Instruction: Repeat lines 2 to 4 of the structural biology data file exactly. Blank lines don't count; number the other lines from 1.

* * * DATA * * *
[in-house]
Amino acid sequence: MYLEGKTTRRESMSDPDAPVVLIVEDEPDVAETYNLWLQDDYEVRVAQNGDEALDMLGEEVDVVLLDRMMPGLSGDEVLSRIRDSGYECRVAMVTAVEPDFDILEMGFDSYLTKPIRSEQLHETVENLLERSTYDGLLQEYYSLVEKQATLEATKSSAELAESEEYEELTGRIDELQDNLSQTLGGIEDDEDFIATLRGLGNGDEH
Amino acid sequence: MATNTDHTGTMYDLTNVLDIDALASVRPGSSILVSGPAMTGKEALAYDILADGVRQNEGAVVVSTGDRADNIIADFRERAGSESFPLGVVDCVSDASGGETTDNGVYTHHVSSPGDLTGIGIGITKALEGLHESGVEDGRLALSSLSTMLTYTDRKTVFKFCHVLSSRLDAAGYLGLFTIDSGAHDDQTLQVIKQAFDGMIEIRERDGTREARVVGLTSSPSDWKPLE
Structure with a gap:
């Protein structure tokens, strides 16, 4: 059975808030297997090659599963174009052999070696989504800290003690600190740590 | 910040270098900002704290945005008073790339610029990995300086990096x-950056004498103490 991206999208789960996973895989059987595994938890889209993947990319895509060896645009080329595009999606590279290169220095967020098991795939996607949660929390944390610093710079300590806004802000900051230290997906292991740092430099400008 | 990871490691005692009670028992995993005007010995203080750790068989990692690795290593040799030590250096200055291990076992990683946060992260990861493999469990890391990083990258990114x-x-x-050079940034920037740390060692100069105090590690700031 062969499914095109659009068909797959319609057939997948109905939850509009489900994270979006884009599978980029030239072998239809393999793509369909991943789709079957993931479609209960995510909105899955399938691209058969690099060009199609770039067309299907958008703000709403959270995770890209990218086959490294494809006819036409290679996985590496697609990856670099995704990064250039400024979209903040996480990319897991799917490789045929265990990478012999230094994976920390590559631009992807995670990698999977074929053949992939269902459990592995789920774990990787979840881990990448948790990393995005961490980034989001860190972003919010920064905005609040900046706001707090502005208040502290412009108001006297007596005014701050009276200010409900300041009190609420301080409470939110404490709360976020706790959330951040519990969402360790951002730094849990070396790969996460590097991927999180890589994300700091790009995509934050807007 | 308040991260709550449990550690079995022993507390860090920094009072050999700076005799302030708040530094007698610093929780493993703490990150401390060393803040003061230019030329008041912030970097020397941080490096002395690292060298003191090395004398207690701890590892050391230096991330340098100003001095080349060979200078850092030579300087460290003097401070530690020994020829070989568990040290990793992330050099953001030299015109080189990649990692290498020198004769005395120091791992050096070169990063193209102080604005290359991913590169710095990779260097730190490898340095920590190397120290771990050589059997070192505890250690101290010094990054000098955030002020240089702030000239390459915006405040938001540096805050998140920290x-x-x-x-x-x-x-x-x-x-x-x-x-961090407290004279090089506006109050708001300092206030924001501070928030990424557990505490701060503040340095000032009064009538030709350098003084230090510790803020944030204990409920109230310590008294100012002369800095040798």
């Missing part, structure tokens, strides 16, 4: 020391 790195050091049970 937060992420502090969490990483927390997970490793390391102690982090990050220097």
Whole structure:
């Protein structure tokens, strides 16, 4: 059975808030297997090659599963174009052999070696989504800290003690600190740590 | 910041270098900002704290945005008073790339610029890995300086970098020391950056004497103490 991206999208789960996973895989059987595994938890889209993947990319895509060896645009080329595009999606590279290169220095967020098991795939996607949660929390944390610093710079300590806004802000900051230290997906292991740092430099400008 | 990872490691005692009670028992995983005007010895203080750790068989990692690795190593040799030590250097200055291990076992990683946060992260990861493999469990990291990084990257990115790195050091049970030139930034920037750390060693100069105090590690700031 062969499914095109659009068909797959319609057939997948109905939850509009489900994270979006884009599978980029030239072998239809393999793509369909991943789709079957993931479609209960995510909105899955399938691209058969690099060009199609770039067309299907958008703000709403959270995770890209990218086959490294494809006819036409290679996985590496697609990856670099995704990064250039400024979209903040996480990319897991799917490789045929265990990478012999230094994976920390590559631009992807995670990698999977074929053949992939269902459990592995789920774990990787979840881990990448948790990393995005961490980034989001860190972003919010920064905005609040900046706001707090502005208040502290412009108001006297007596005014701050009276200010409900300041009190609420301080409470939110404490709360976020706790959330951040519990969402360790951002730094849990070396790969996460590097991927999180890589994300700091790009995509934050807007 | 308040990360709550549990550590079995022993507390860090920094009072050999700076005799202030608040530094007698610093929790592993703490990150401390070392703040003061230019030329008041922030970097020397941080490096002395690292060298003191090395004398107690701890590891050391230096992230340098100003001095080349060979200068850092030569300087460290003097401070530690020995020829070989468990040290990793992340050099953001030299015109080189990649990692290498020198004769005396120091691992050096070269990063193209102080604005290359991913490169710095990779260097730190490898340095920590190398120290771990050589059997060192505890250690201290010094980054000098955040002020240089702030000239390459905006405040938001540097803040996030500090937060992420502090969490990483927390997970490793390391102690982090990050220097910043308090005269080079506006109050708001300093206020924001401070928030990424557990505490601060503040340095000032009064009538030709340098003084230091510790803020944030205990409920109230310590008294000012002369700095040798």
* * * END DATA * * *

Amino acid sequence: MYLEGKTTRRESMSDPDAPVVLIVEDEPDVAETYNLWLQDDYEVRVAQNGDEALDMLGEEVDVVLLDRMMPGLSGDEVLSRIRDSGYECRVAMVTAVEPDFDILEMGFDSYLTKPIRSEQLHETVENLLERSTYDGLLQEYYSLVEKQATLEATKSSAELAESEEYEELTGRIDELQDNLSQTLGGIEDDEDFIATLRGLGNGDEH
Amino acid sequence: MATNTDHTGTMYDLTNVLDIDALASVRPGSSILVSGPAMTGKEALAYDILADGVRQNEGAVVVSTGDRADNIIADFRERAGSESFPLGVVDCVSDASGGETTDNGVYTHHVSSPGDLTGIGIGITKALEGLHESGVEDGRLALSSLSTMLTYTDRKTVFKFCHVLSSRLDAAGYLGLFTIDSGAHDDQTLQVIKQAFDGMIEIRERDGTREARVVGLTSSPSDWKPLE
Structure with a gap: